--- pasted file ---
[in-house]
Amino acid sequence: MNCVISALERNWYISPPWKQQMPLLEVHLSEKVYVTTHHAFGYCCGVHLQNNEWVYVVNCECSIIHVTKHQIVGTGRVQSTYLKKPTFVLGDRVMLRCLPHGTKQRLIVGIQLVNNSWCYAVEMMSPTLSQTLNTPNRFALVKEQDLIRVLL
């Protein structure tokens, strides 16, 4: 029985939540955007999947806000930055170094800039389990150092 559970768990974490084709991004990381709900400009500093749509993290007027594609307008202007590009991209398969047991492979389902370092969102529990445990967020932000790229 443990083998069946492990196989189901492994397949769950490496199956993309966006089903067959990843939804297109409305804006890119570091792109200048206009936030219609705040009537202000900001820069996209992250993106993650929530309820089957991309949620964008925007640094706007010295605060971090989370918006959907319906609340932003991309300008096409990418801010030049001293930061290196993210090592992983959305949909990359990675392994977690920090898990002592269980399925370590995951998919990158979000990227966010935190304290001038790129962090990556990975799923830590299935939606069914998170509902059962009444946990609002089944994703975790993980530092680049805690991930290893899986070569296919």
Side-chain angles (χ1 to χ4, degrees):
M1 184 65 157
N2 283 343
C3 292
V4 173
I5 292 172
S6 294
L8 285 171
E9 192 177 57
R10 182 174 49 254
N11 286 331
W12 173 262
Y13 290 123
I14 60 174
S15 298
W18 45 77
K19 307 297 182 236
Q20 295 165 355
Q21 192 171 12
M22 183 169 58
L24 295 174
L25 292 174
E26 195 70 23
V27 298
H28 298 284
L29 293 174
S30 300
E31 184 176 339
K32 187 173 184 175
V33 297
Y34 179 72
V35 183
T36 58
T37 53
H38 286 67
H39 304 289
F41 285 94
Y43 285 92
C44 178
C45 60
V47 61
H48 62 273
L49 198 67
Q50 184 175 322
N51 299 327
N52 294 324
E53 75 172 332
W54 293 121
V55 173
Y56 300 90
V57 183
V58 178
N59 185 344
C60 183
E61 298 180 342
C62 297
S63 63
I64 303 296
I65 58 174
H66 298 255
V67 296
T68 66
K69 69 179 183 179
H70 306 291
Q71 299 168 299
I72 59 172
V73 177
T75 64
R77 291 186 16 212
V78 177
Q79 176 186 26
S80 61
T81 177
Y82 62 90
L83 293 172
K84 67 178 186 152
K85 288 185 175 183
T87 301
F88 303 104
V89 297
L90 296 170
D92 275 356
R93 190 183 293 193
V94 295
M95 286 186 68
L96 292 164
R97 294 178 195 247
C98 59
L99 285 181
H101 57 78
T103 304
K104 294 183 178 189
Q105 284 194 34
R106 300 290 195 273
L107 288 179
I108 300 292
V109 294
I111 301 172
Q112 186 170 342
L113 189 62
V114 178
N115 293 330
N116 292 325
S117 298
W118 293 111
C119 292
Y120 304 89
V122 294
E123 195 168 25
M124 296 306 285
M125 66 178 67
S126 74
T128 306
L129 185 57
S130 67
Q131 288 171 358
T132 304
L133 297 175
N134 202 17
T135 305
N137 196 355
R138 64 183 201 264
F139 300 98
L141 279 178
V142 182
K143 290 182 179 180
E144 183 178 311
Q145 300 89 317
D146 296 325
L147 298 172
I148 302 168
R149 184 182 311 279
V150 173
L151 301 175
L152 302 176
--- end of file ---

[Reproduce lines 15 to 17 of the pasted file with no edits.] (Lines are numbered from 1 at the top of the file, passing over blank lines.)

W12 173 262
Y13 290 123
I14 60 174